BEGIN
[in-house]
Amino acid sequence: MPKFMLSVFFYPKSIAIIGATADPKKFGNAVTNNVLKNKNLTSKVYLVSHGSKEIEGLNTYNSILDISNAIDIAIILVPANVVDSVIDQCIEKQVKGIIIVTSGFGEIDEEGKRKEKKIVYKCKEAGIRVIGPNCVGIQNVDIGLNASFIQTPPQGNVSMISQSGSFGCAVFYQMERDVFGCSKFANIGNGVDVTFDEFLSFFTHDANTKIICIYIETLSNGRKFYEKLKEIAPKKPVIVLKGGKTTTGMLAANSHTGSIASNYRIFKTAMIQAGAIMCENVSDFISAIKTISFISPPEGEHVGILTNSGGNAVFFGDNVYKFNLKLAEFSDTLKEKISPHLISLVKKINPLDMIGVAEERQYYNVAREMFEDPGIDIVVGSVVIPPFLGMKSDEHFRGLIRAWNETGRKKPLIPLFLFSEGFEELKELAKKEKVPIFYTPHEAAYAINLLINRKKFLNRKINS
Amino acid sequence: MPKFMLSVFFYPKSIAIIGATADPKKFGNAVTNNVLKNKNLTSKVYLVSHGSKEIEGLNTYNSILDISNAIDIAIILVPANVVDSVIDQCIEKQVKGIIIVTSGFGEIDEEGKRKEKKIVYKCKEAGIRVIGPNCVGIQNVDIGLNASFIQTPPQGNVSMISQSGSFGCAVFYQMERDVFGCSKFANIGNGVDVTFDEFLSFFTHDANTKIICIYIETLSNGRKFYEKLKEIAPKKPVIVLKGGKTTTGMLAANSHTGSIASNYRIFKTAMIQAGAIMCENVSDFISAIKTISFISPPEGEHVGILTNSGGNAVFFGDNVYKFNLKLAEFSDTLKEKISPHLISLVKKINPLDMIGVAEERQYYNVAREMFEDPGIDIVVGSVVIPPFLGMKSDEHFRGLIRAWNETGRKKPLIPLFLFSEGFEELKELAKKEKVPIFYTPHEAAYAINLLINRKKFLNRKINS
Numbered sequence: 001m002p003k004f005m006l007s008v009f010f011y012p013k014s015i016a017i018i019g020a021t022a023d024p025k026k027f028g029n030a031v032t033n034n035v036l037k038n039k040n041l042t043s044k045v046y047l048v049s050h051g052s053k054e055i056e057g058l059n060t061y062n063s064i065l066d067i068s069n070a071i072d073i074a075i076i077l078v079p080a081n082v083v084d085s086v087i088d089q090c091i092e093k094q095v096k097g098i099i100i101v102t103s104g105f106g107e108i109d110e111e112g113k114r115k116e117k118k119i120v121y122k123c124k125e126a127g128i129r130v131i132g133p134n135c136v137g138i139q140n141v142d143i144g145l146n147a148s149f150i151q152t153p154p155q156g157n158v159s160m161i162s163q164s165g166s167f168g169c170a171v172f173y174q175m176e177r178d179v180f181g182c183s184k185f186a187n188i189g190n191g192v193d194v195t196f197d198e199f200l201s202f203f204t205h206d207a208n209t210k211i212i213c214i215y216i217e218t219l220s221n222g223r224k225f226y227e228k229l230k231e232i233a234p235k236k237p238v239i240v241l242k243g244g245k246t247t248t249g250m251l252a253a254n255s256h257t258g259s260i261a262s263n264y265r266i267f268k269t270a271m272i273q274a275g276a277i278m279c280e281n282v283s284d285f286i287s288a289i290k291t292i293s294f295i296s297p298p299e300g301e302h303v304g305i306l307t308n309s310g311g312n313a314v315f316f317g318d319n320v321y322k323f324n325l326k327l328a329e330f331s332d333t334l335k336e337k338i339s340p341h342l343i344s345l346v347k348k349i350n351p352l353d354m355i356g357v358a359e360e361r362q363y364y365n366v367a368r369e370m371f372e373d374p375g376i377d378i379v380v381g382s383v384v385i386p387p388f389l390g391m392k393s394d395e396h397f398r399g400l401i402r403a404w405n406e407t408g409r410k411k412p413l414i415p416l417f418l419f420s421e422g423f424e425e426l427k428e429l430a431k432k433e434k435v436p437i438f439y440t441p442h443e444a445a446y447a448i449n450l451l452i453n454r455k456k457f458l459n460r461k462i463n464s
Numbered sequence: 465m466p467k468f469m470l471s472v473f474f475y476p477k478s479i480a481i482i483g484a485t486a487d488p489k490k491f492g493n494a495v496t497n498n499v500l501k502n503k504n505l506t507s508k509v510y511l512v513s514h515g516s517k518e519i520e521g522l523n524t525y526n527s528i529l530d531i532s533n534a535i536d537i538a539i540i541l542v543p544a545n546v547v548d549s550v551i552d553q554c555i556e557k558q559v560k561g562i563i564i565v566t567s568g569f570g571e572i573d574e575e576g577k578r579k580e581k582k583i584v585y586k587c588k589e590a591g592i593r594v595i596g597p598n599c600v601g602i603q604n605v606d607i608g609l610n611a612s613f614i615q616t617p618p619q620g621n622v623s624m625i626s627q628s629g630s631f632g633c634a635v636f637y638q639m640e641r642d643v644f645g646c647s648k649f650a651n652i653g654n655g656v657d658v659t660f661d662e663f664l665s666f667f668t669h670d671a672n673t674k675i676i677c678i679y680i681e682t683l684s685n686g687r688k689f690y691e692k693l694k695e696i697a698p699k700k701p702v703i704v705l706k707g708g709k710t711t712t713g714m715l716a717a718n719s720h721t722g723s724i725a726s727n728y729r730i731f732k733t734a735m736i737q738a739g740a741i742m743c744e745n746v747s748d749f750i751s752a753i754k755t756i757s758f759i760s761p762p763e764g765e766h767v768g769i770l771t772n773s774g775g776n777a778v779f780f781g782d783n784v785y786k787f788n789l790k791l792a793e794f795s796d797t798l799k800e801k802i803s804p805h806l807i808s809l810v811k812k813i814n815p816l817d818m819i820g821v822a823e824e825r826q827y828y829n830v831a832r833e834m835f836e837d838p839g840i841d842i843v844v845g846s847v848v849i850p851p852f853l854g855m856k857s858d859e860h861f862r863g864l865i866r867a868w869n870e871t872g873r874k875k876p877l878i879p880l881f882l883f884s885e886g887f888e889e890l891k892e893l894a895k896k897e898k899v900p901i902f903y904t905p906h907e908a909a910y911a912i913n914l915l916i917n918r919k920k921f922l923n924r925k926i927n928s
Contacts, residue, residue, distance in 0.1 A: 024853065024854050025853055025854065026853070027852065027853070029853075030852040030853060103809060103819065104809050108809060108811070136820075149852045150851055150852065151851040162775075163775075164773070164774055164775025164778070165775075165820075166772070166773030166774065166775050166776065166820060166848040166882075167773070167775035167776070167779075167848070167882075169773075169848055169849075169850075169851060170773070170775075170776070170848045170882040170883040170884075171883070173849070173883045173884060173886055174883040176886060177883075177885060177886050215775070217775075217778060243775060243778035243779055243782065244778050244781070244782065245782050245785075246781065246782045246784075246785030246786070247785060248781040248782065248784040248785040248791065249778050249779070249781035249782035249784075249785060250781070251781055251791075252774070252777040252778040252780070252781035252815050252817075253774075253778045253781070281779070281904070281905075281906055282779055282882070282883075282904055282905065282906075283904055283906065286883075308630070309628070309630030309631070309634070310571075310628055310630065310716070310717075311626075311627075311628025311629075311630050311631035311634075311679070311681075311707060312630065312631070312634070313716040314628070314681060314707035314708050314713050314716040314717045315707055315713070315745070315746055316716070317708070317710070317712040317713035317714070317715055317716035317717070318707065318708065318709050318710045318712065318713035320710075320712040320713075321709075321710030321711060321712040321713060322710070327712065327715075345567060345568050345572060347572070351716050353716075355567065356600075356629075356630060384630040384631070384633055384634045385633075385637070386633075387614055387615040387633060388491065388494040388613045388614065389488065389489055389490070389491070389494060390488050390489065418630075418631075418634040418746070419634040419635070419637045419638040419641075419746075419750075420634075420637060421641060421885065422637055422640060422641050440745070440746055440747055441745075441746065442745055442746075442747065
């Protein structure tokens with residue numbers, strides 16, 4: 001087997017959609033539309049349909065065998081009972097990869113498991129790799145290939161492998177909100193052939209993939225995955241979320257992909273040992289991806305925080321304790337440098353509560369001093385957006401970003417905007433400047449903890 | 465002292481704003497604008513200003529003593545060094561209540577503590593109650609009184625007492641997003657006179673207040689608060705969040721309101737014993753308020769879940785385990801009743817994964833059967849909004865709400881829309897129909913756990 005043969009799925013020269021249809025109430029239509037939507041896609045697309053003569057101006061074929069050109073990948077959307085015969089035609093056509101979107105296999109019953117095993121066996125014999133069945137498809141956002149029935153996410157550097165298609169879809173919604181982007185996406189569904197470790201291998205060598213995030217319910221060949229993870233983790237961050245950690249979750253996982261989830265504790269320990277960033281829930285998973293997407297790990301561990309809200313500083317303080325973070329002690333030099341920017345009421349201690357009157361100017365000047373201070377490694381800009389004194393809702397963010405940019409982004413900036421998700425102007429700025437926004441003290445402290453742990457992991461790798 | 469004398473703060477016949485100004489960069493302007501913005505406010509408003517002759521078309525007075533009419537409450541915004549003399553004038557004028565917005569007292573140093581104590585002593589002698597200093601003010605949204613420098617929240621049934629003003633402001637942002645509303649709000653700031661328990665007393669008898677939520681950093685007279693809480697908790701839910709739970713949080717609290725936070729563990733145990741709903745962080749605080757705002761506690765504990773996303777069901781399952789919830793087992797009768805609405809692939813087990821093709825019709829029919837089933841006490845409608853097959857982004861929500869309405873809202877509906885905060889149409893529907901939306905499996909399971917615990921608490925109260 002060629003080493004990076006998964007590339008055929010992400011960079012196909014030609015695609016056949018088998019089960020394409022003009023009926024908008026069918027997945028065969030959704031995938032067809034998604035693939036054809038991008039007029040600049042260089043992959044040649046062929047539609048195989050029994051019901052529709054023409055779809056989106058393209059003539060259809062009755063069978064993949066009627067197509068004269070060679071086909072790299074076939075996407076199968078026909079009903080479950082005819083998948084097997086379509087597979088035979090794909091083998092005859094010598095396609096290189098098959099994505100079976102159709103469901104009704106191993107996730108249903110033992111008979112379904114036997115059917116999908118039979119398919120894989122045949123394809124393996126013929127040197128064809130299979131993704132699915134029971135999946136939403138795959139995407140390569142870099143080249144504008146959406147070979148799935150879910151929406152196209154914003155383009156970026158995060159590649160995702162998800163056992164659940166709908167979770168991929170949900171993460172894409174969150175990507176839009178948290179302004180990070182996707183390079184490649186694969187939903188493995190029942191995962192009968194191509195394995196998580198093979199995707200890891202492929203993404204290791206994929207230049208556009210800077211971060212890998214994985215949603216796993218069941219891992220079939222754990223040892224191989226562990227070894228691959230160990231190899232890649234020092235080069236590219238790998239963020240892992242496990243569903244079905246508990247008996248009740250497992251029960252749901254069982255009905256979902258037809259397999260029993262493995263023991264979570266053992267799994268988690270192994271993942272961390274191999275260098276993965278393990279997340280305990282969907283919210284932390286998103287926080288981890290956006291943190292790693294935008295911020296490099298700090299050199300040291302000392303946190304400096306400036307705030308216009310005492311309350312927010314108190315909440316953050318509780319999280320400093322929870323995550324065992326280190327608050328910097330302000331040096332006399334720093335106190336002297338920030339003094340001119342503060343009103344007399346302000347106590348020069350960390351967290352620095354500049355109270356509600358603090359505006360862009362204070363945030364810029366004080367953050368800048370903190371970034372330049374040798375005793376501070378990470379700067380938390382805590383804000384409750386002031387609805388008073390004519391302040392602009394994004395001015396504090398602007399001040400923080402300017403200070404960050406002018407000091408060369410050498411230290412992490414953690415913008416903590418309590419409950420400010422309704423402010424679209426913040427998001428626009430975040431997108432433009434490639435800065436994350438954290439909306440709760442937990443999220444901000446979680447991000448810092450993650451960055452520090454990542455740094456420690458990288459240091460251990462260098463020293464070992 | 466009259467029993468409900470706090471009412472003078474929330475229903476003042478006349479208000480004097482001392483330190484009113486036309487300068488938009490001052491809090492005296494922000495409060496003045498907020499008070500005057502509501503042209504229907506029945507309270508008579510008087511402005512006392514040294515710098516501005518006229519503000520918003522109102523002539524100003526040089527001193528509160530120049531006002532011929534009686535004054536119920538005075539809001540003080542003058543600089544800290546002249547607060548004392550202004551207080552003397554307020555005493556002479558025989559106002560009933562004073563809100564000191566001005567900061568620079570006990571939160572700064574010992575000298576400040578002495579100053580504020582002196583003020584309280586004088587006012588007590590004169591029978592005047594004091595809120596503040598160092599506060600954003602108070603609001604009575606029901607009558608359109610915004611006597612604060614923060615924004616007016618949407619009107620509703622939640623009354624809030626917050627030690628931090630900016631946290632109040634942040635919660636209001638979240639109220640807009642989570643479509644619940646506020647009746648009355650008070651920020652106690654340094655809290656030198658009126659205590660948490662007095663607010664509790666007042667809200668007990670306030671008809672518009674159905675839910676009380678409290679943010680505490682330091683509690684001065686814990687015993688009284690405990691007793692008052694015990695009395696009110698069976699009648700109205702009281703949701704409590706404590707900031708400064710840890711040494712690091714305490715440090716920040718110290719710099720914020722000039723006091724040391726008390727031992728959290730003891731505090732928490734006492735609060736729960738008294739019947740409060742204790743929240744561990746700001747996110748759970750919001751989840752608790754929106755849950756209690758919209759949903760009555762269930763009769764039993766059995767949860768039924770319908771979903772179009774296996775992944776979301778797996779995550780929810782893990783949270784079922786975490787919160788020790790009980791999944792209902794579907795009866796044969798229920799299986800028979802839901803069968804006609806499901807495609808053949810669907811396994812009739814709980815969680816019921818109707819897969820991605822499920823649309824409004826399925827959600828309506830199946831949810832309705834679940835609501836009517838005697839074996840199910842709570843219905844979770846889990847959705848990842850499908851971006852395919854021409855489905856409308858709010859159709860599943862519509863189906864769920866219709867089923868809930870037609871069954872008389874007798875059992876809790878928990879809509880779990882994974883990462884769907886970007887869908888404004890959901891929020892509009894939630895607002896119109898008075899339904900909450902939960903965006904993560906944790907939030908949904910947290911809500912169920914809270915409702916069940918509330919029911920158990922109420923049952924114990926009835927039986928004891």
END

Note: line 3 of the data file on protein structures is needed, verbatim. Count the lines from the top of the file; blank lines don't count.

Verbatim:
Amino acid sequence: MPKFMLSVFFYPKSIAIIGATADPKKFGNAVTNNVLKNKNLTSKVYLVSHGSKEIEGLNTYNSILDISNAIDIAIILVPANVVDSVIDQCIEKQVKGIIIVTSGFGEIDEEGKRKEKKIVYKCKEAGIRVIGPNCVGIQNVDIGLNASFIQTPPQGNVSMISQSGSFGCAVFYQMERDVFGCSKFANIGNGVDVTFDEFLSFFTHDANTKIICIYIETLSNGRKFYEKLKEIAPKKPVIVLKGGKTTTGMLAANSHTGSIASNYRIFKTAMIQAGAIMCENVSDFISAIKTISFISPPEGEHVGILTNSGGNAVFFGDNVYKFNLKLAEFSDTLKEKISPHLISLVKKINPLDMIGVAEERQYYNVAREMFEDPGIDIVVGSVVIPPFLGMKSDEHFRGLIRAWNETGRKKPLIPLFLFSEGFEELKELAKKEKVPIFYTPHEAAYAINLLINRKKFLNRKINS